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Proc Natl Acad Sci U S A. Mar 4, 2003; 100(5): 2801–2806.
Published online Feb 24, 2003. doi:  10.1073/pnas.2628026100
PMCID: PMC151421

ToxR regulon of Vibrio cholerae and its expression in vibrios shed by cholera patients


Toxigenic Vibrio cholerae cause cholera, a severe diarrheal disease responsible for significant morbidity and mortality worldwide. Two determinants, cholera enterotoxin (CT) and toxin coregulated pilus (TCP) are critical factors responsible for this organism's virulence. The genes for these virulence determinants belong to a network of genes (the ToxR regulon) whose expression is modulated by transcriptional regulators encoded by the toxRS, tcpPH, and toxT genes. To define the ToxR regulon more fully, mutants defective in these regulatory genes were transcriptionally profiled by using V. cholerae genomic microarrays. This study identified 13 genes that were transcriptionally repressed by the toxT mutation (all involved in CT and TCP biogenesis), and 27 and 60 genes that were transcriptionally repressed by the tcpPH and toxRS mutations, respectively. During the course of this analysis, we validated the use of a genomic DNA-based reference sample as a means to standardize and normalize data obtained in different microarray experiments. This method allowed the accurate transcriptional profiling of V. cholerae cells present in stools from cholera patients and the comparison of these profiles to those of wild-type and mutant strains of V. cholerae grown under optimal conditions for CT and TCP expression. Our results suggest that vibrios present in cholera stools carry transcripts for these two virulence determinants, albeit at relatively low levels compared with optimal in vitro conditions. The transcriptional profile of vibrios present in cholera stools also suggests that the bacteria experienced conditions of anaerobiosis, iron limitation, and nutrient deprivation within the human gastrointestinal tract.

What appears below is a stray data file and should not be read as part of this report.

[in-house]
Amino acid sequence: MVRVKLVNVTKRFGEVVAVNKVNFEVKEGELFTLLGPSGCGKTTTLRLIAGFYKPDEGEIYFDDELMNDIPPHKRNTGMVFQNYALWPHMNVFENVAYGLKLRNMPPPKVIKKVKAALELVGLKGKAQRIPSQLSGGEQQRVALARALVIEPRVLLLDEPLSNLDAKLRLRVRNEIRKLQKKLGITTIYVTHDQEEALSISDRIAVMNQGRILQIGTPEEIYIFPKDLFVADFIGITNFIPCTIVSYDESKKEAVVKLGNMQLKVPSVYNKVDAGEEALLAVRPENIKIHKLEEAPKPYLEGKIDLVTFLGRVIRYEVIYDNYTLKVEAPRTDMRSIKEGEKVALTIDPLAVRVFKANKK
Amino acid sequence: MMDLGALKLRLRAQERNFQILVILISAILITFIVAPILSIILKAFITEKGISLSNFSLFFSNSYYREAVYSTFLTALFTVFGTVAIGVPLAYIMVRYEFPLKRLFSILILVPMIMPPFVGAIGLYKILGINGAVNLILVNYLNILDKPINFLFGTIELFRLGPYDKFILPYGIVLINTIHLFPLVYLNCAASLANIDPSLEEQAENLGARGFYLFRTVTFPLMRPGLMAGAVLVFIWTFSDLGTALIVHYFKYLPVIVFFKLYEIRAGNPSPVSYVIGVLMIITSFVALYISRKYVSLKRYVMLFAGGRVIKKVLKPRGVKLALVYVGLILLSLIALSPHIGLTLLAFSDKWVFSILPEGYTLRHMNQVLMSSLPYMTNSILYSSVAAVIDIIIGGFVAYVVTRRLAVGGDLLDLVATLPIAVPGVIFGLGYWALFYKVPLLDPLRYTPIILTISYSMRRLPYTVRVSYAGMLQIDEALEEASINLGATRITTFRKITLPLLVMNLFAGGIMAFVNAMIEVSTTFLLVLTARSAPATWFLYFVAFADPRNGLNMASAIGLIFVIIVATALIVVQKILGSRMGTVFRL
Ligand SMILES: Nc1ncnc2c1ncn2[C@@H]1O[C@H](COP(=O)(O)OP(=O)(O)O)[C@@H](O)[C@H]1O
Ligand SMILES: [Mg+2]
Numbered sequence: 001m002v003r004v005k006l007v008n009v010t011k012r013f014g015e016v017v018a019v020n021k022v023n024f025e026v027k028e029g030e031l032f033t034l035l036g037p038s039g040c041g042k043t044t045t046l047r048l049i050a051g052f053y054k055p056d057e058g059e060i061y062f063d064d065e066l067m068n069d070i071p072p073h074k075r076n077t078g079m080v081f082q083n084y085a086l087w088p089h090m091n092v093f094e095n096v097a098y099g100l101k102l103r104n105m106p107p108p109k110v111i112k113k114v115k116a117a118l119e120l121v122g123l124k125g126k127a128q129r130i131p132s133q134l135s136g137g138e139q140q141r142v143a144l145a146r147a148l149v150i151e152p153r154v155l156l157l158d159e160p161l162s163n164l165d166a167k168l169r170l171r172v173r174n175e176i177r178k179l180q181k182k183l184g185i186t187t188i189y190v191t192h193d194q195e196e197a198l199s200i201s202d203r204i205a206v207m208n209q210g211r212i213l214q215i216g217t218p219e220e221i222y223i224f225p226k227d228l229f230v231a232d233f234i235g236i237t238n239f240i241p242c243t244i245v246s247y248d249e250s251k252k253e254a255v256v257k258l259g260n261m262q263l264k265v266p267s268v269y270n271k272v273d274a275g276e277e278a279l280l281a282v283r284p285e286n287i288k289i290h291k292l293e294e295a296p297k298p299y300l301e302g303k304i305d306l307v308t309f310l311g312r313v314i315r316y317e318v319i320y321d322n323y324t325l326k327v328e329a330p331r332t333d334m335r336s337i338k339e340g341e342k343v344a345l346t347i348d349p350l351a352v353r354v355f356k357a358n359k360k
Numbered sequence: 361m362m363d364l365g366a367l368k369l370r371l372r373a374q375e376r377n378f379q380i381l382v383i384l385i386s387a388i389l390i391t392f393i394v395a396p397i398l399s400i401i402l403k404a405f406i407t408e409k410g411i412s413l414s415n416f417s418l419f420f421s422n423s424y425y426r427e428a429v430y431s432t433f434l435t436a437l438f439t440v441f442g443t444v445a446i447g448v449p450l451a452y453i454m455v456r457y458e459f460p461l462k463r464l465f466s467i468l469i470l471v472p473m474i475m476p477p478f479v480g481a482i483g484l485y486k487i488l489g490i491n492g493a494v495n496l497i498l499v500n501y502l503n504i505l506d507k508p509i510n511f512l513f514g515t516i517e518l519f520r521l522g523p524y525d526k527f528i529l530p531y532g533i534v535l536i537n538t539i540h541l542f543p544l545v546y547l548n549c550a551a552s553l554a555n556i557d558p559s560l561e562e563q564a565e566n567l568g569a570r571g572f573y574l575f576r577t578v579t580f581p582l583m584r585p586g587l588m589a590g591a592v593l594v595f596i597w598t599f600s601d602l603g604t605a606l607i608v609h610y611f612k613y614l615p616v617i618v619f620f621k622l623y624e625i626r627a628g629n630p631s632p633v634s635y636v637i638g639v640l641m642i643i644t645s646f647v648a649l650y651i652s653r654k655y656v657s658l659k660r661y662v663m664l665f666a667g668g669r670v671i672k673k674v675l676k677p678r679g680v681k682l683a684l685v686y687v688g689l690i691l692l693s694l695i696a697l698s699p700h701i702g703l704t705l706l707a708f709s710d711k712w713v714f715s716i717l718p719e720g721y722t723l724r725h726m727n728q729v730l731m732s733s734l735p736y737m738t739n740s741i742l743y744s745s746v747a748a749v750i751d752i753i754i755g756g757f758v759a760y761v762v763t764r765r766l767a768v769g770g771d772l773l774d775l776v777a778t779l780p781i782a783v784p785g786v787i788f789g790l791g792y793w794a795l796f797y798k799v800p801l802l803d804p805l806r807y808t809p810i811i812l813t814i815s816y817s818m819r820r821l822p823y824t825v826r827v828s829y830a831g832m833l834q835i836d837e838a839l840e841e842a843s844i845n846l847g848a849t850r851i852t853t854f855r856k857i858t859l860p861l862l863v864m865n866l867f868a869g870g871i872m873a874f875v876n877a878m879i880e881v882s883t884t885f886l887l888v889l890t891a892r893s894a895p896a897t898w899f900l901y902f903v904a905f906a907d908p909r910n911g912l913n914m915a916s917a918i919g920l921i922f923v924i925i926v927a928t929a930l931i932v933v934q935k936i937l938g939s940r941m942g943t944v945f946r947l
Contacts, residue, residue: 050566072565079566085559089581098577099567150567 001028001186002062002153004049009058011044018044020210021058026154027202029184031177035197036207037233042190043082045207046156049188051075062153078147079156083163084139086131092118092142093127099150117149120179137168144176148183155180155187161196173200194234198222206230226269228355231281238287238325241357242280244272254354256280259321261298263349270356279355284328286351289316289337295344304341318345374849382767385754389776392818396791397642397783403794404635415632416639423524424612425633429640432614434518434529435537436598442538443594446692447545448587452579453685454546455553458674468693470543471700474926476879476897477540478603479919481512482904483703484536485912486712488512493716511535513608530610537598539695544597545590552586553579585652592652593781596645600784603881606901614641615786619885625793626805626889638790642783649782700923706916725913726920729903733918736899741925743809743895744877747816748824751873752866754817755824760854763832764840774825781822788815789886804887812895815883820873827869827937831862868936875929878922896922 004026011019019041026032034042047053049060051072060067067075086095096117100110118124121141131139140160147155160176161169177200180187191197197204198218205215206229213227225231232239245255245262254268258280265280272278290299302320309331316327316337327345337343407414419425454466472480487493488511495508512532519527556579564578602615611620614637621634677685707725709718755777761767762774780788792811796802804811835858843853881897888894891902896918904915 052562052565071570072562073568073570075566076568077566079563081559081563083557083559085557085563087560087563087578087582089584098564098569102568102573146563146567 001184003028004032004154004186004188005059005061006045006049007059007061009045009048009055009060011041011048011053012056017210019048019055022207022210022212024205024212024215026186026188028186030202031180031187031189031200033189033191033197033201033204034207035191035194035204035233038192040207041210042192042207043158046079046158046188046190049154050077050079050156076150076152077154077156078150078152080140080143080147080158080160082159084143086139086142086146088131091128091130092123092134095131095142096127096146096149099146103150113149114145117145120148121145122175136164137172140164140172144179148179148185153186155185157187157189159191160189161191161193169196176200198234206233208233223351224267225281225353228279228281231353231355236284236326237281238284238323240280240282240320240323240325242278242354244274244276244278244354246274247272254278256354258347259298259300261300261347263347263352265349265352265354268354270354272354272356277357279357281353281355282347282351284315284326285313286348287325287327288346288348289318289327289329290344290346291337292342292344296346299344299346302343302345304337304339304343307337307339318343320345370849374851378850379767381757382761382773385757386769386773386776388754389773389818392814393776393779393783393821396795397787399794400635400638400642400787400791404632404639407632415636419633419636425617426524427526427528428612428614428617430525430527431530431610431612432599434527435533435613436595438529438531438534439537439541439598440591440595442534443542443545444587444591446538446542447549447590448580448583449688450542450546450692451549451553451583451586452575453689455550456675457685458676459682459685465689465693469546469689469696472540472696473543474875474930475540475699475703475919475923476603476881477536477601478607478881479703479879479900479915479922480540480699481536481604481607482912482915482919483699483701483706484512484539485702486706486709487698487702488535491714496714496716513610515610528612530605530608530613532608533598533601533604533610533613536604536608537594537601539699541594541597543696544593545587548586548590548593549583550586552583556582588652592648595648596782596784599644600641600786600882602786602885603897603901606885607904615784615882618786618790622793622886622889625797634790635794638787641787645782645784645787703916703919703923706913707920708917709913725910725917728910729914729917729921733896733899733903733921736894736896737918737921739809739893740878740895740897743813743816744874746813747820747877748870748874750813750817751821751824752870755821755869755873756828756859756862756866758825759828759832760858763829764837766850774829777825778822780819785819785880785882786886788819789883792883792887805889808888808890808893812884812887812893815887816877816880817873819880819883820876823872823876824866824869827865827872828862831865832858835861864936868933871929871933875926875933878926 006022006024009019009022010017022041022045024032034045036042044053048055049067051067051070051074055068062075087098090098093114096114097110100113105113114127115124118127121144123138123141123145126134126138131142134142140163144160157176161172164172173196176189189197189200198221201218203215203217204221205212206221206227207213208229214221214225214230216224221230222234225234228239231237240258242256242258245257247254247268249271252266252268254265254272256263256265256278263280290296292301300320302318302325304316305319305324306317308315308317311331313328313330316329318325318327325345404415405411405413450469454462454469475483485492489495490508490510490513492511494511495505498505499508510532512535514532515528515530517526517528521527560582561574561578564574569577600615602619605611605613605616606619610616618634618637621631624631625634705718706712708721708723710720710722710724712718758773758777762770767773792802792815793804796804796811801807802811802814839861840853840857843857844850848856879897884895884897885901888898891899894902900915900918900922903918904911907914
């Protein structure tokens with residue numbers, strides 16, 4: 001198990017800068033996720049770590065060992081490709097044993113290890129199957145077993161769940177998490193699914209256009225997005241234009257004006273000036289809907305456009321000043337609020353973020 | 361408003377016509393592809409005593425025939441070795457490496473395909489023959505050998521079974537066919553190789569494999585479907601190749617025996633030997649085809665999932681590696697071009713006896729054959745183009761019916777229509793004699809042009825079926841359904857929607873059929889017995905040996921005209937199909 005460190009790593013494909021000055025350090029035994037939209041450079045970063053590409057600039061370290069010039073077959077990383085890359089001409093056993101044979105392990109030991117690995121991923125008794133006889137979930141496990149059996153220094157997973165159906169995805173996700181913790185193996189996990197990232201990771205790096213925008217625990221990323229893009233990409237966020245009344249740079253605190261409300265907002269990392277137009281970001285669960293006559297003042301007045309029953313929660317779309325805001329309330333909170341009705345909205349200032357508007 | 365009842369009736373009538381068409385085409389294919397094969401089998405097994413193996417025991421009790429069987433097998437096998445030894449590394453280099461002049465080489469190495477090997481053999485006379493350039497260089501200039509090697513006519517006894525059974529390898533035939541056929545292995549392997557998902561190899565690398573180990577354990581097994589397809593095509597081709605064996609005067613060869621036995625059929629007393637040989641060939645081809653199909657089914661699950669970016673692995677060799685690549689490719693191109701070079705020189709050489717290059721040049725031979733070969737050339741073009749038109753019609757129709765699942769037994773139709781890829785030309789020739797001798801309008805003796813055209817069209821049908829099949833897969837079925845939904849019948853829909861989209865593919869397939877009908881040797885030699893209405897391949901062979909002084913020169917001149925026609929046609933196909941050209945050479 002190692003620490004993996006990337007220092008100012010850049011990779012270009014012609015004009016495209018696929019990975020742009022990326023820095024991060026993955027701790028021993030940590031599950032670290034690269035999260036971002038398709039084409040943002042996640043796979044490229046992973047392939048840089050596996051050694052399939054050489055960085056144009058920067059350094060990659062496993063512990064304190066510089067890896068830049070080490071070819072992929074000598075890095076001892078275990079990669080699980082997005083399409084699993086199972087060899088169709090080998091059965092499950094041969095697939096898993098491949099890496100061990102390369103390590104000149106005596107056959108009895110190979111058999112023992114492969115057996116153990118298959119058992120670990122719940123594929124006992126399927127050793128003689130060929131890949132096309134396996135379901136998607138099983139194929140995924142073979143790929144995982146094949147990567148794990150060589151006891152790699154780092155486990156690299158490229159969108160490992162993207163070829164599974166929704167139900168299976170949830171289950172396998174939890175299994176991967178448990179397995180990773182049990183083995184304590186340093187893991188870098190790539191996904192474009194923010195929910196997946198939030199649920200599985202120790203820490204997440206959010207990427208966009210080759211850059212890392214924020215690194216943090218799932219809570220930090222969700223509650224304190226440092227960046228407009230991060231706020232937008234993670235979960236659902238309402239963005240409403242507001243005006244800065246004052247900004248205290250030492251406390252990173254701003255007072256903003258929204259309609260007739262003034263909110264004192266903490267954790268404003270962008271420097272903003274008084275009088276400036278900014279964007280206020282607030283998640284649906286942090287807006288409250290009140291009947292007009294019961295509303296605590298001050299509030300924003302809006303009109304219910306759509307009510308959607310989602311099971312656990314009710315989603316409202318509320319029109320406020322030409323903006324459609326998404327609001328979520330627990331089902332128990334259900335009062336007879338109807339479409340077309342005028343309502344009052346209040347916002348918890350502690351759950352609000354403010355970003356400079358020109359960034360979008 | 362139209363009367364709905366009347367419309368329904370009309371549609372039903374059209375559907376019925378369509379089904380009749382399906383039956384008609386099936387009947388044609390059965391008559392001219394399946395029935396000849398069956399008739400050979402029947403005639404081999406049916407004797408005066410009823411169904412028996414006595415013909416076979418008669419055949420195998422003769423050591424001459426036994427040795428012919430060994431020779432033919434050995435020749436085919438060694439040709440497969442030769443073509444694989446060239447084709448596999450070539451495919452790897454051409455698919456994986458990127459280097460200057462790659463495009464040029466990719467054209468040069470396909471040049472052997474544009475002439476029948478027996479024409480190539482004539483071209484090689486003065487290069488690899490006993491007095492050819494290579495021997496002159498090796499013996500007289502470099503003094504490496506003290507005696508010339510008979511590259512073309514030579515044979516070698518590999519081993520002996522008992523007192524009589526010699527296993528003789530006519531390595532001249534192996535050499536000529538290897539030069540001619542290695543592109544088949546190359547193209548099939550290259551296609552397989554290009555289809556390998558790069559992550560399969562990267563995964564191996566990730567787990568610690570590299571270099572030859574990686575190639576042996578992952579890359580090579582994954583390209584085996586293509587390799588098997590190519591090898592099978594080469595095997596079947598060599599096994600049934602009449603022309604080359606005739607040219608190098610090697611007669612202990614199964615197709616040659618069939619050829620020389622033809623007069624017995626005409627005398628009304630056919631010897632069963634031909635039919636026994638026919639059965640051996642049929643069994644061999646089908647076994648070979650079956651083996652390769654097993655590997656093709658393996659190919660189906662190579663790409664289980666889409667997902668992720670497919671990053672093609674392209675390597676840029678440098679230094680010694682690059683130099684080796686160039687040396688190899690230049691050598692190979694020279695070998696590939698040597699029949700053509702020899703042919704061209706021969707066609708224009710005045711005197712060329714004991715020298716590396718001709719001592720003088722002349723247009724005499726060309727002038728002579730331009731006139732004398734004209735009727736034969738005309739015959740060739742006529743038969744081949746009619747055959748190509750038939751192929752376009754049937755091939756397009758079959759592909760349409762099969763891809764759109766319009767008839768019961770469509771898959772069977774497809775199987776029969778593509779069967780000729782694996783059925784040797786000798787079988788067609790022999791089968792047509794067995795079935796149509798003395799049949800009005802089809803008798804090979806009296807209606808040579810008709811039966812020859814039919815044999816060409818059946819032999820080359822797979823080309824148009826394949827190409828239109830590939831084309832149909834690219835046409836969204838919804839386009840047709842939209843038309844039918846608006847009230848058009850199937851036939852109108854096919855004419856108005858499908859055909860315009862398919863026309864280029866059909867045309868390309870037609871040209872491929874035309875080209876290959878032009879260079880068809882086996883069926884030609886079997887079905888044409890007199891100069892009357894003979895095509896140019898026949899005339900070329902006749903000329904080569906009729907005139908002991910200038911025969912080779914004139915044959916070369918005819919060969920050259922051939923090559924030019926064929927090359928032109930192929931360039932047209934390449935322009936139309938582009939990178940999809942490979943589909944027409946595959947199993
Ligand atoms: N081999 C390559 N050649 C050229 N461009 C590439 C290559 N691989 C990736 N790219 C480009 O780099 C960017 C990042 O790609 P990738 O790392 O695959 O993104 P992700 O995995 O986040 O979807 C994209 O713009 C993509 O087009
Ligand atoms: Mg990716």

The causative agent of cholera, Vibrio cholerae, has provided an excellent model system for identifying bacterial virulence factors and for understanding the regulatory networks governing their expression (1, 2). Biochemical and genetic analysis, coupled with studies in experimental animals and human volunteers, has revealed many details of cholera pathogenesis. In brief, orally ingested bacteria survive passage through the stomach and then use motility and chemotaxis functions to adhere to and penetrate the mucus coat of the upper intestinal epithelium. Vibrios must then coordinately express two critical sets of genes encoded by the tcp and ctx operons, which encode the toxin coregulated pilus (TCP) and cholera enterotoxin (CT), respectively (2). TCP pili are essential for colonization in mice (3, 4) and humans (5, 6), whereas CT is the main factor responsible for generating the severe diarrhea that is the hallmark of the disease. Expression of both the tcp and ctx operons is regulated by two membrane proteins, ToxR and ToxS (7). ToxR can directly affect gene expression by binding to promoters, including those for the ctx operon, the genes encoding two outer membrane proteins OmpU and OmpT, and the gene encoding ToxT, a transcriptional regulator belonging to the AraC family of proteins (8). ToxT is the most downstream regulator of the ToxR regulon in that it can activate ctx and tcp promoters independently once ToxT expression has occurred (9, 10). However, two other membrane proteins, TcpP and TcpH, are also required to work synergistically with ToxR and ToxS to activate toxT transcription (11). Finally, several other factors, including CRP (12), AphAB (13), Nqr (14), HapR (15), and PepA (16), fine-tune this regulatory hierarchy by controlling expression of tcpPH in response to various environmental signals in the laboratory. These signals include physical parameters such as temperature and pH as well as physiological signals such as cell density, growth phase, and motility. Thus, in vitro analysis of the ToxR regulon has demonstrated the existence of an extremely complex regulatory network controlling the expression of the TCP and CT virulence genes. However, it remains largely unknown how these regulatory responses are coordinated in vivo during infection. In a series of elegant experiments, Camilli and colleagues provided evidence that CT expression during experimental infection of mice is largely dependent on early temporal expression of TCP (17). This result suggests that only a minority of cells (i.e., those that successfully colonize the intestinal mucosa) experience the in vivo regulatory signals that lead to maximal CT expression. Although various studies have identified additional factors that may contribute significantly to disease or that affect the organism's behavior during different stages of infection, it is clear that our understanding of V. cholerae gene expression patterns during infection is still poor.